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Tennessee Senate

Coordinates: 36°09′57″N 86°47′03″W / 36.1658°N 86.7843°W / 36.1658; -86.7843
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Senate of Tennessee
Tennessee General Assembly
Coat of arms or logo
Term limits
New session started
January 10, 2023
Randy McNally (R)
since January 10, 2017
Speaker pro tempore
Ferrell Haile (R)
since January 19, 2018
Majority Leader
Jack Johnson (R)
since January 8, 2019
Minority Leader
Raumesh Akbari (D)
since January 10, 2023
Composition of the Tennessee Senate
Political groups
Majority party
  •   Republican (27)

Minority party

Length of term
4 years
AuthorityArticle III, Tennessee Constitution
Salary$24,316/year + per diem, employee benefits, travel reimbursement[1]
Last election
November 8, 2022
(17 seats)
Next election
November 5, 2024
(16 seats)
RedistrictingLegislative Control
Meeting place
State Senate Chamber
Tennessee State Capitol
Nashville, Tennessee

The Tennessee Senate is the upper house of the U.S. state of Tennessee's state legislature, which is known formally as the Tennessee General Assembly.

The Tennessee Senate has the power to pass resolutions concerning essentially any issue regarding the state, country, or world. The Senate also has the power to create and enforce its own rules and qualifications for its members. The Senate shares these powers with the Tennessee House of Representatives. The Senate alone has the power to host impeachment proceeding and remove impeached members of office with a 2/3 majority. The Tennessee Senate, according to the state constitution of 1870, is composed of 33 members, one-third the size of the Tennessee House of Representatives. Senators are to be elected from districts of substantially equal population. According to the Tennessee constitution, a county is not to be joined to a portion of another county for purposes of creating a district; this provision has been overridden by the rulings of the Supreme Court of the United States in Baker v. Carr (369 U.S. 182, 1962) and Reynolds v. Sims (337 U.S. 356, 1964). The Tennessee constitution has been amended to allow that if these rulings are ever changed or reversed, a referendum may be held to allow the senate districts to be drawn on a basis other than substantially equal population.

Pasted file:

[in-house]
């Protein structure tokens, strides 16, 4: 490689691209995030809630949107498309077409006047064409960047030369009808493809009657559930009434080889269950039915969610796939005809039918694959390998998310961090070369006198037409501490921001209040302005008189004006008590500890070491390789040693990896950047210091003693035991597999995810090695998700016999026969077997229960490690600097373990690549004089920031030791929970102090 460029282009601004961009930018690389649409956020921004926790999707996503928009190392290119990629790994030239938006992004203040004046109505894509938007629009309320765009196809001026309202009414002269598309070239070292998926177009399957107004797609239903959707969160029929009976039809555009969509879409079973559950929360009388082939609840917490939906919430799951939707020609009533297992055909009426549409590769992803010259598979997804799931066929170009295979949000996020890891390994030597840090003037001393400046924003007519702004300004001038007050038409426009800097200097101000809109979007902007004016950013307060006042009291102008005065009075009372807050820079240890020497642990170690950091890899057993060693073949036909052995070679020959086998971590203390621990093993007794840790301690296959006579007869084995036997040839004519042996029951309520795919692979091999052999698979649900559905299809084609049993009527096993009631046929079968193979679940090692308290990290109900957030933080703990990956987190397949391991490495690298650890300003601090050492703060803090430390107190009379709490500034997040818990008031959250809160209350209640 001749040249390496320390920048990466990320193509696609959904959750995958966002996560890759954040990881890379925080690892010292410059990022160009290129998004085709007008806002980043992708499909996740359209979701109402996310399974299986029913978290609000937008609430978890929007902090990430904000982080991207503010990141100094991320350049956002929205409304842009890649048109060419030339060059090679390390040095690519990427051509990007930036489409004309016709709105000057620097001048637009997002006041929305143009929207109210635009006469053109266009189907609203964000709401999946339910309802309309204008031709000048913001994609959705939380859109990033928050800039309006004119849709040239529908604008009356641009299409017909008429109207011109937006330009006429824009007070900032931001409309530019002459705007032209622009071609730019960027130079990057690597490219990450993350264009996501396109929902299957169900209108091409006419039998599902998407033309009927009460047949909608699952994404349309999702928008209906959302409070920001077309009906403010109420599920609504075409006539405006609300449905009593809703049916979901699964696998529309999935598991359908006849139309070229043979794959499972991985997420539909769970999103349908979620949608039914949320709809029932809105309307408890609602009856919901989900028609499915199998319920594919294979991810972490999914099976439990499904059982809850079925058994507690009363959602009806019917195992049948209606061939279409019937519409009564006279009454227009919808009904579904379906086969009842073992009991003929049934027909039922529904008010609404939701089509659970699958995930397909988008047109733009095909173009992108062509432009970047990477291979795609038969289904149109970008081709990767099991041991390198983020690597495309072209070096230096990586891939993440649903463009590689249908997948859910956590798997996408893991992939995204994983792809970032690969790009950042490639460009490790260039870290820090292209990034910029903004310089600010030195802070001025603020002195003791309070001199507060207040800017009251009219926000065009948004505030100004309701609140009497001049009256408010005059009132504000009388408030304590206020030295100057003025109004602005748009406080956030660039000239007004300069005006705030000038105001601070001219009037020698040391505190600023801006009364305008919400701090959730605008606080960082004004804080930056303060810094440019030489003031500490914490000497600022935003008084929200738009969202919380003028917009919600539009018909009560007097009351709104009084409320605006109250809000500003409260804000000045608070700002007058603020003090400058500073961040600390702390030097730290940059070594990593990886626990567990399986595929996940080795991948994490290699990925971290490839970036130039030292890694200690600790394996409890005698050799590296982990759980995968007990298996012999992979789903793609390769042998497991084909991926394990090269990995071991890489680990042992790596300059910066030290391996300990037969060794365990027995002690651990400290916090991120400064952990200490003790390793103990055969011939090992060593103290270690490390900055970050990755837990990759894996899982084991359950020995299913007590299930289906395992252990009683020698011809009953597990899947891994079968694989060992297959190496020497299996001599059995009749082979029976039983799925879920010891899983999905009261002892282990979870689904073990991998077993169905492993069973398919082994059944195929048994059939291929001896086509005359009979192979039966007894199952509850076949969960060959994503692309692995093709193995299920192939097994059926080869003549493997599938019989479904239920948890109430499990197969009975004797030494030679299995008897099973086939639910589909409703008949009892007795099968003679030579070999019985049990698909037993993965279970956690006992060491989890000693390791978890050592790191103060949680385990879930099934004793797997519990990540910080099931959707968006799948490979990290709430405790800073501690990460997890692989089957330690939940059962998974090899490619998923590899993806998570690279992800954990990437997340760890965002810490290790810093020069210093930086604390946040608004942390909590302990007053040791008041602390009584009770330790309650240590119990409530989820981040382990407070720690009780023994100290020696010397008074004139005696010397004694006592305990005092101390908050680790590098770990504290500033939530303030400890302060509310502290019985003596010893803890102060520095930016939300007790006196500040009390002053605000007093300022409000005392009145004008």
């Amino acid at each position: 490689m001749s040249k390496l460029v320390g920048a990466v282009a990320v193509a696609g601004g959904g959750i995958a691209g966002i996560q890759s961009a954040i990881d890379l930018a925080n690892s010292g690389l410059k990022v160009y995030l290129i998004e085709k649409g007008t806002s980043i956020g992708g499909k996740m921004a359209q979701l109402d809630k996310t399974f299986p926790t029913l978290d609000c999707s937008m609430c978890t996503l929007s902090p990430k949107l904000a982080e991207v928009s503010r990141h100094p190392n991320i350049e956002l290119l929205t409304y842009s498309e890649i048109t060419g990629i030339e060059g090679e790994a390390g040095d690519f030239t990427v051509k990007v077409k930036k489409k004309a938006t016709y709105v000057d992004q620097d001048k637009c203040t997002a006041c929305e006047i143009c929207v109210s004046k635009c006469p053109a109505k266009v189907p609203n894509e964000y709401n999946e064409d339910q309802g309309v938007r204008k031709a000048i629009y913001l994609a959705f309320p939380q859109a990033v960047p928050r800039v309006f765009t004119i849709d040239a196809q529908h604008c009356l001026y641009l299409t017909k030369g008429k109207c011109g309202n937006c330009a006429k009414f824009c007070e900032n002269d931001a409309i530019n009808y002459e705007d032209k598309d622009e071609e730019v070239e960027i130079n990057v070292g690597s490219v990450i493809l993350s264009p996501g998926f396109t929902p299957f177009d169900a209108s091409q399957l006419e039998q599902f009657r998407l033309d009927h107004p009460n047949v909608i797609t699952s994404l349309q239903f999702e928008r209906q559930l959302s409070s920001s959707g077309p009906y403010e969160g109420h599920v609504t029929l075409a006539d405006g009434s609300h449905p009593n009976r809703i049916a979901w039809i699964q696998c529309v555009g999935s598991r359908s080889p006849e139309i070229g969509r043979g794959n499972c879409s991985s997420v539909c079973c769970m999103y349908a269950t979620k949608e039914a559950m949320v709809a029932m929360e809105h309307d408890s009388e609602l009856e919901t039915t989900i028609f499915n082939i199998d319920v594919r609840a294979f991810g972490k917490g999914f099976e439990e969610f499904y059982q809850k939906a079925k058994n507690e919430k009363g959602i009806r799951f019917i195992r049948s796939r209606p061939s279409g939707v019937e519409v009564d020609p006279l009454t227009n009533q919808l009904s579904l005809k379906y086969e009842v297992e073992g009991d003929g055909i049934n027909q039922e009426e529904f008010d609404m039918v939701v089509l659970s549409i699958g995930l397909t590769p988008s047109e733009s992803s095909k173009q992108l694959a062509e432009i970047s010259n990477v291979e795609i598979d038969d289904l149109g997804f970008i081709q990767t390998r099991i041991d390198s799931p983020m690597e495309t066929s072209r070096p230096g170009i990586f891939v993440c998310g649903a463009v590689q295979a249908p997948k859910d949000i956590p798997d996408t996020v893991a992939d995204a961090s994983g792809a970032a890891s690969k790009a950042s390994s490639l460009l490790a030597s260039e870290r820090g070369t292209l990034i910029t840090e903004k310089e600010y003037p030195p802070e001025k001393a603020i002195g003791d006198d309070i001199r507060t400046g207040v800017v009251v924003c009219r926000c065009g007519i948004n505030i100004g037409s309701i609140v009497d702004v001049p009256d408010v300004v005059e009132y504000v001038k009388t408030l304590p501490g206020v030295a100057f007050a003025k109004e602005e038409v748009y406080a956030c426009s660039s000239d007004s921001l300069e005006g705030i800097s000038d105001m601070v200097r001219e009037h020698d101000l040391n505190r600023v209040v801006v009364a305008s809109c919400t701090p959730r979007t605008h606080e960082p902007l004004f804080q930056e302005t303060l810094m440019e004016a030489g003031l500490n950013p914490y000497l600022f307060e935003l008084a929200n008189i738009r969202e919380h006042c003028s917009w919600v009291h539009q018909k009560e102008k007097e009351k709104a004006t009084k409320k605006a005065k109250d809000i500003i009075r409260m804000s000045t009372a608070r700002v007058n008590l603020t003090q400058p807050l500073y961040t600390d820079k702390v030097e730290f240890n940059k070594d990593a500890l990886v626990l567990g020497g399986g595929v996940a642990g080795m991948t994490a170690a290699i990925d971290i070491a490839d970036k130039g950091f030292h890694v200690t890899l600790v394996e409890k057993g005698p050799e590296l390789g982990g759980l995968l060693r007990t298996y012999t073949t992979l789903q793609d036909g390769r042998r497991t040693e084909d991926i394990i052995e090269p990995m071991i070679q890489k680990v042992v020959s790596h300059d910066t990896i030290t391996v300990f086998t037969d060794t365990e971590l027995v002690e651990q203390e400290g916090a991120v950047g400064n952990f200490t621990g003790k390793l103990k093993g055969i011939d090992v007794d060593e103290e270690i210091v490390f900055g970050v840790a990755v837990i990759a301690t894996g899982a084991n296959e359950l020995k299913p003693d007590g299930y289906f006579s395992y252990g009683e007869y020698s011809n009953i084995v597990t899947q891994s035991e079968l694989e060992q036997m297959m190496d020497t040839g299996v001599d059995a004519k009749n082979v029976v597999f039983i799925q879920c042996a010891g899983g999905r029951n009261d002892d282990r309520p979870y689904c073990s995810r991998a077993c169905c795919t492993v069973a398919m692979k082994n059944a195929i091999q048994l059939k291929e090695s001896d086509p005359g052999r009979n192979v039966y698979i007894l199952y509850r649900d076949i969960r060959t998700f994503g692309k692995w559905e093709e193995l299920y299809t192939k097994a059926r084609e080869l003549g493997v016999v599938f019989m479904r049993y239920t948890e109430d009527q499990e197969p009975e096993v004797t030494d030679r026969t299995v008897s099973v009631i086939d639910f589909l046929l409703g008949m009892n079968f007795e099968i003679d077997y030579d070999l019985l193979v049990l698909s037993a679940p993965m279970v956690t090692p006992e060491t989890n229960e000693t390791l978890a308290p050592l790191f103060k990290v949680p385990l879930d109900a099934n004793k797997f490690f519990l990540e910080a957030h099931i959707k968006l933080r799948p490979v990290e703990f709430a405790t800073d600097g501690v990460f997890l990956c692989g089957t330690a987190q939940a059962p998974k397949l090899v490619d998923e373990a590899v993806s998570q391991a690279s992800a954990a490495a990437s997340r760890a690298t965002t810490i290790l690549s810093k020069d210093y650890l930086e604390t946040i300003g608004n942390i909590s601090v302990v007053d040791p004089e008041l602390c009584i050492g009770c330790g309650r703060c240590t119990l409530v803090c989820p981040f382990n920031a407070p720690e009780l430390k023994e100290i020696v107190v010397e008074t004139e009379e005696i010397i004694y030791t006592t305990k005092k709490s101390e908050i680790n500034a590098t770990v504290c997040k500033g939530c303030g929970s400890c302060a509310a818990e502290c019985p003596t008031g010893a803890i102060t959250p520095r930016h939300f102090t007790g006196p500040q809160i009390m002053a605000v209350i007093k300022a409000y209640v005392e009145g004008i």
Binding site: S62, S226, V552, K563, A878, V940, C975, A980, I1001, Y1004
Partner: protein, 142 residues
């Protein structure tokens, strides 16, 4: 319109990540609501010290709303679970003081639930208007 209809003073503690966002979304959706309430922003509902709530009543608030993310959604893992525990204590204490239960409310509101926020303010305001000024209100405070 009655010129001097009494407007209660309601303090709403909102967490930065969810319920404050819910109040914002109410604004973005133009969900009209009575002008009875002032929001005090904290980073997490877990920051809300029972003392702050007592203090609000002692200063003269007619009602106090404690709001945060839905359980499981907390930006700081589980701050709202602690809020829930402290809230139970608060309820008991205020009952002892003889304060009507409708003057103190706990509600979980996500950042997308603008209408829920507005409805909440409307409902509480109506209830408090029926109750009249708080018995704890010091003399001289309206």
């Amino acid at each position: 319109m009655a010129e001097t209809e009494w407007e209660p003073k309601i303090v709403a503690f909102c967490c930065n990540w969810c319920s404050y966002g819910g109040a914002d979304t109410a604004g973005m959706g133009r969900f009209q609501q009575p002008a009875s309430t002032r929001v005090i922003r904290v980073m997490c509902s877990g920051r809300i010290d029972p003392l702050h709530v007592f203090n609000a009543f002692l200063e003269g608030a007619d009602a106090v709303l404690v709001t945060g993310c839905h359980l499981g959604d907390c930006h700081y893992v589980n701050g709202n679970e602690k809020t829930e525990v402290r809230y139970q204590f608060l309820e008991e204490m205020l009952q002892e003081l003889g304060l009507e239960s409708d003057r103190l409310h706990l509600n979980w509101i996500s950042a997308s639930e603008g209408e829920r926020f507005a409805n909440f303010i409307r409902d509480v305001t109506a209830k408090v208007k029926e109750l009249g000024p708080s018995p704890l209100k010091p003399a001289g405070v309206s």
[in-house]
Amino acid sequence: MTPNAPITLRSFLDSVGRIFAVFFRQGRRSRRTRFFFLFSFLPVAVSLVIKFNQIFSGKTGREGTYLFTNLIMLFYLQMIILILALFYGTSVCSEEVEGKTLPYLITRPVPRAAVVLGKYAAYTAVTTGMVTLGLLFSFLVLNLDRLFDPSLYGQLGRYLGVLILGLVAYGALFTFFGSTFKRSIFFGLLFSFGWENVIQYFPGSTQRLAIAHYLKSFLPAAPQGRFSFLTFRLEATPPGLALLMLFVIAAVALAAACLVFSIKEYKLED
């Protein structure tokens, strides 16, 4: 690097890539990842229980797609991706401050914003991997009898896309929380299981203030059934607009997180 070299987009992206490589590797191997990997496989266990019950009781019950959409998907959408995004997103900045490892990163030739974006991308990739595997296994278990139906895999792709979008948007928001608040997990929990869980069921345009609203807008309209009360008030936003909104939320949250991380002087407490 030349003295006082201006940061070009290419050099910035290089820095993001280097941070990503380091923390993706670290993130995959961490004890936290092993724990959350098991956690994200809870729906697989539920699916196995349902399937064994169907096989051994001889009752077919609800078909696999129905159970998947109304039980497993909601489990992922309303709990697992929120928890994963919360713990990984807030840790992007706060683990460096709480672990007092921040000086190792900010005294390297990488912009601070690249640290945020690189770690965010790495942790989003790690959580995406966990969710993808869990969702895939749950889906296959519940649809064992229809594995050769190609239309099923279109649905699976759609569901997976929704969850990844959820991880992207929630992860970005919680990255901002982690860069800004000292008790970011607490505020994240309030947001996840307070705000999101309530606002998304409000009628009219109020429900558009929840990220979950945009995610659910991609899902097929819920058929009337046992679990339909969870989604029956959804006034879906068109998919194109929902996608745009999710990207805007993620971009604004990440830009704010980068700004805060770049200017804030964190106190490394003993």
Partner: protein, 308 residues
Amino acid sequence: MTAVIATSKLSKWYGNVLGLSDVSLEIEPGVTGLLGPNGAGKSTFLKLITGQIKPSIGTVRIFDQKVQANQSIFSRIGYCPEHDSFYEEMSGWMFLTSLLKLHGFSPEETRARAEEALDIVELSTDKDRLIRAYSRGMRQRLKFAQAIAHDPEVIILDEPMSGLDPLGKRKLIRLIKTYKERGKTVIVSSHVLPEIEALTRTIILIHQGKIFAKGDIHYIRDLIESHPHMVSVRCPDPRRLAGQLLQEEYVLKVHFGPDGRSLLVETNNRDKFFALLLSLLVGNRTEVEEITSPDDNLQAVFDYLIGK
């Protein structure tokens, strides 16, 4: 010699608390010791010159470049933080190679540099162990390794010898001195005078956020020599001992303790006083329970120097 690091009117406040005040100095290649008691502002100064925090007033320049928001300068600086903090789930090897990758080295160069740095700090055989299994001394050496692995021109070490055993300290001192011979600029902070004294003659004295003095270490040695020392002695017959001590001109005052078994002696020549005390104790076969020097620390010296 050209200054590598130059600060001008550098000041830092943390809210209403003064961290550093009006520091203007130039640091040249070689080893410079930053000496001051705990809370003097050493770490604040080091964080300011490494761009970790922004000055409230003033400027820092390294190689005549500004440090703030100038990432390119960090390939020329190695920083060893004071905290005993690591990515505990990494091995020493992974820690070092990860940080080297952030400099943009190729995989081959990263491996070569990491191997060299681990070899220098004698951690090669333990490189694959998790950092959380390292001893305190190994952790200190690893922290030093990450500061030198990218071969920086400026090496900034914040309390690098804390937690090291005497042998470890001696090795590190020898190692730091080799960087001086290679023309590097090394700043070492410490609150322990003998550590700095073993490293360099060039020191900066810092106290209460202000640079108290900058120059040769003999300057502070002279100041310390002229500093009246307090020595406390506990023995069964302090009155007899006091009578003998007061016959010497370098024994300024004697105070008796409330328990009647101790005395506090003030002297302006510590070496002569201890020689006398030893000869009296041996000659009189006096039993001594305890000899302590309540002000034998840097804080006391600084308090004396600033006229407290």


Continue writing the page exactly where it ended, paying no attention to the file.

Until 1966, Tennessee state senators served two-year terms. That year the system was changed, by constitutional amendment, to allow four-year terms. In that year, senators in even-numbered districts were elected to two-year terms and those in odd-numbered districts were elected to four-year terms. This created a staggered system in which only half of the senate is up for election at any one time. Senators from even-numbered districts are elected in the same years as presidential elections, and senators from odd-numbered districts are elected in the same years as mid-term elections. Districts are to be sequentially and consecutively numbered; the scheme basically runs from east to west and north to south.[citation needed]

Republicans attained an elected majority in the Senate in the 104th General Assembly (2005–07) for the first time since Reconstruction; a brief majority in the 1990s was the result of two outgoing senators switching parties. Following the 2018 elections, there were no Democratic senators from East Tennessee. There were three Democrats from Memphis in West Tennessee, and three from Middle Tennessee, two from Nashville and one from the Nashville suburb of Goodlettsville.

Senate Speaker[edit]

According to Article III, Section 12 of the Constitution of the State of Tennessee, the Speaker of the Senate assumes Office of Governor in the event of a Vacancy. The Senate elects one of its own members as Speaker and the Speaker automatically becomes Lieutenant Governor of Tennessee. The Speaker appoints a Speaker Pro Tempore who presides over the Senate in the absence of the Speaker as well as a Deputy speaker to assist the Speaker in his or her duties. The current Speaker of the Senate and Lieutenant Governor is Randy McNally, who was elected to the position in 2017. One of the main duties of the Speaker is to preside over the Senate and make Senate committee appointments based upon ability and preference of members, seniority, and party representation. The Speaker also maintains the power to remove members from Committee appointments. The Speaker, in cohort with the Speaker of the House of Representatives, chairs the Joint Legislative Services Committee which provides assistance to the General Assembly. The Speaker also controls staffing and office space with Senate staff. The Speaker serves as an ex-officio member of all standing committees.[2]

Oath and qualifications of office[edit]

Oath of office[edit]

"I [name of official] do solemnly swear that, as a member of this, the [number, ex. One Hundred Eleventh] General Assembly of the State of Tennessee, I will faithfully support the Constitution of this State and of the United States, and I do solemnly affirm that as a member of this General Assembly, I will, in all appointments, vote without favor, affection, partiality, or prejudice; and that I will not propose or assent to any bill, vote or resolution, which shall appear to me injurious to the people, or consent to any act or thing, whatever, that shall have a tendency to lessen or abridge their rights and privileges, as declared by the Constitution of this state."[2]

Qualifications for office[edit]